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This just in: Soul retrieval and the colors of Fall

The colors of fall in Cleveland Park are healing

The colors of fall in Cleveland Park are healing

Have you ever had a situation come up in your life and wondered “what the heck is the purpose of this?” This week Brian and I talked about the idea of soul retrieval—the Native American belief that when we go through a traumatic experience we leave a piece of our soul with that experience. Stay with me here; these two ideas connect because Native Americans also believe that throughout our lives we are offered opportunities to reclaim the parts of our souls that we’ve lost. These opportunities show up in the form of confounding situations, scenarios that require us to rise up, change, and do something that’s difficult. They often require us to break a long-held pattern that needs to be reversed.

I recently had a few events like this pop up and Brian did a brilliant job, as usual, of guiding me through them. Even though I knew it wouldn’t lead to the best outcome, I was tempted to act in a way that I’ve acted before when these types of circumstances arise. Brian counseled me to examine how I would normally react and then he encouraged me try a completely different tack. It was uncomfortable to react in a completely different way than I normally would, and I wasn’t sure what the outcome would be. Still, I followed Brian’s advice, tried these new approaches, and then waited to see how it would unfold.

Brian’s advice was spot on. I broke patterns that had long-outlived their purpose, and the situations resolved themselves in the most favorable way possible. And I woke up on Friday morning feeling more whole than I’ve felt in a long time. The air was balmy, the wind was soft, and the brilliantly colored leaves made me smile wide. I got some pieces of my soul back. It wasn’t easy, but it was worth it.

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About Christa Avampato

I make a living in business and I make a life as a writer, artist, and yogi. I use my business and storytelling skills to build a better world. My first novel, Emerson Page and Where the Light Enters, will be published in the Fall of 2017 by Thumbkin Prints, a children's and YA imprint of Possibilities Publishing Co. My creative career has stretched across Capitol Hill, Broadway theatre, education, nonprofit fundraising, health and wellness, and Fortune 500 companies in retail, media, and financial services. In every experience, I have used my sense of and respect for elegant design to develop meaningful products, services, program, and events to help people live happier, healthier lives. A recovering multi-tasker, I am a proud alum of UPenn (BA) and the Darden School at UVA (MBA). When not in front of my Mac, I’m on my yoga mat, walking my rescue dog, Phineas, traveling with a purpose, or practicing the high-art of people watching. I am proud to New York City my home, and I've been called the happiest New Yorker by friends and strangers alike. They're right. Follow my adventures on Twitter at https://twitter.com/christanyc and Instagram at https://instagram.com/christarosenyc.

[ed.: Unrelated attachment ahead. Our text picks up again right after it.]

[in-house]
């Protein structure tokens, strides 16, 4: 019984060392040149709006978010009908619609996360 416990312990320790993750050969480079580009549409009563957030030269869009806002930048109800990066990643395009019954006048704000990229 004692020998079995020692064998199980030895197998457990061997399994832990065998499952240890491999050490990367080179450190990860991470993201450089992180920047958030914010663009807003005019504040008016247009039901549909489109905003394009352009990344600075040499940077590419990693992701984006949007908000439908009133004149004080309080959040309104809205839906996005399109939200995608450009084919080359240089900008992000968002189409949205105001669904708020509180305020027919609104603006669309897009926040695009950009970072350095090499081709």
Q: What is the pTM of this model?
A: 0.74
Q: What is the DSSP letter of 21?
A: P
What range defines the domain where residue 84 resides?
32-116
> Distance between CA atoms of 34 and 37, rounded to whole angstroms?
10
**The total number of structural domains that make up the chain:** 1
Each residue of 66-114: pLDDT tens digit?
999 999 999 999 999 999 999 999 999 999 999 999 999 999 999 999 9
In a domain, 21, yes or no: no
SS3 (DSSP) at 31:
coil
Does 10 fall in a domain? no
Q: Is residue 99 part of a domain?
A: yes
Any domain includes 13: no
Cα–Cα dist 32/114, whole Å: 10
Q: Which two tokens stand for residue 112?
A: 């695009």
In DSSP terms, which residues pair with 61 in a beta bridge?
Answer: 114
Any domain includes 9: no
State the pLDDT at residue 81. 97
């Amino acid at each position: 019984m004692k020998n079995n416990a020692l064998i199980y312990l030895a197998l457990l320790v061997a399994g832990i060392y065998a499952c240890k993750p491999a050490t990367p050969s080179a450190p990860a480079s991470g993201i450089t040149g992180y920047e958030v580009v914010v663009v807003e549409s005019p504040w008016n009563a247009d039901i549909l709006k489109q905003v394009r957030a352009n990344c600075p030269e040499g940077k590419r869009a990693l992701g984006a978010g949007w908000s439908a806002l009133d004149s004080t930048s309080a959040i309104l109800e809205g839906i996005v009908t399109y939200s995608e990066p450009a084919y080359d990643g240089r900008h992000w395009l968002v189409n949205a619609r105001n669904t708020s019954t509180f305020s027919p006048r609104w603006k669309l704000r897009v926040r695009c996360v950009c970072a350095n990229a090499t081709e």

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This week, the many different threads at my job started to connect. It’s immensely gratifying to learn a large and complex technology platform, all for the sake of bringing more art, theater, music, and dance to more people. The vertical learning curve is becoming a little less vertical. Or maybe I am just becoming a more adept climber.

This idea of scaling walls reminded me of this sign I saw a few months ago when I was shoulder-deep in my job search, including interviewing for my current job. I wasn’t sure what would happen in my search, or what I would do about what would happen when it did happen. (This is how my mind works. It’s in a constant state of whirring.) What I needed was a sign, so I asked for one as I made my way up Fifth Avenue from the New York Public Library to the Metropolitan Museum of Art. That’s when I saw this sign in the North Face storefront: Walls are meant for climbing. And about 30 minutes later, I heard from my now current job that I was moving on to the next and final round. Less than a week later, they offered me the job.

It’s this sense of optimism, asking the Universe for guidance, and then opening our eyes and ears to take in the wisdom around us that we have to take with us everywhere we go, into every situation that we face. We may not always be successful though our odds dramatically increase when we can look at a wall not as a roadblock, but as a reason to smile. I got this. You got this. We all got this.

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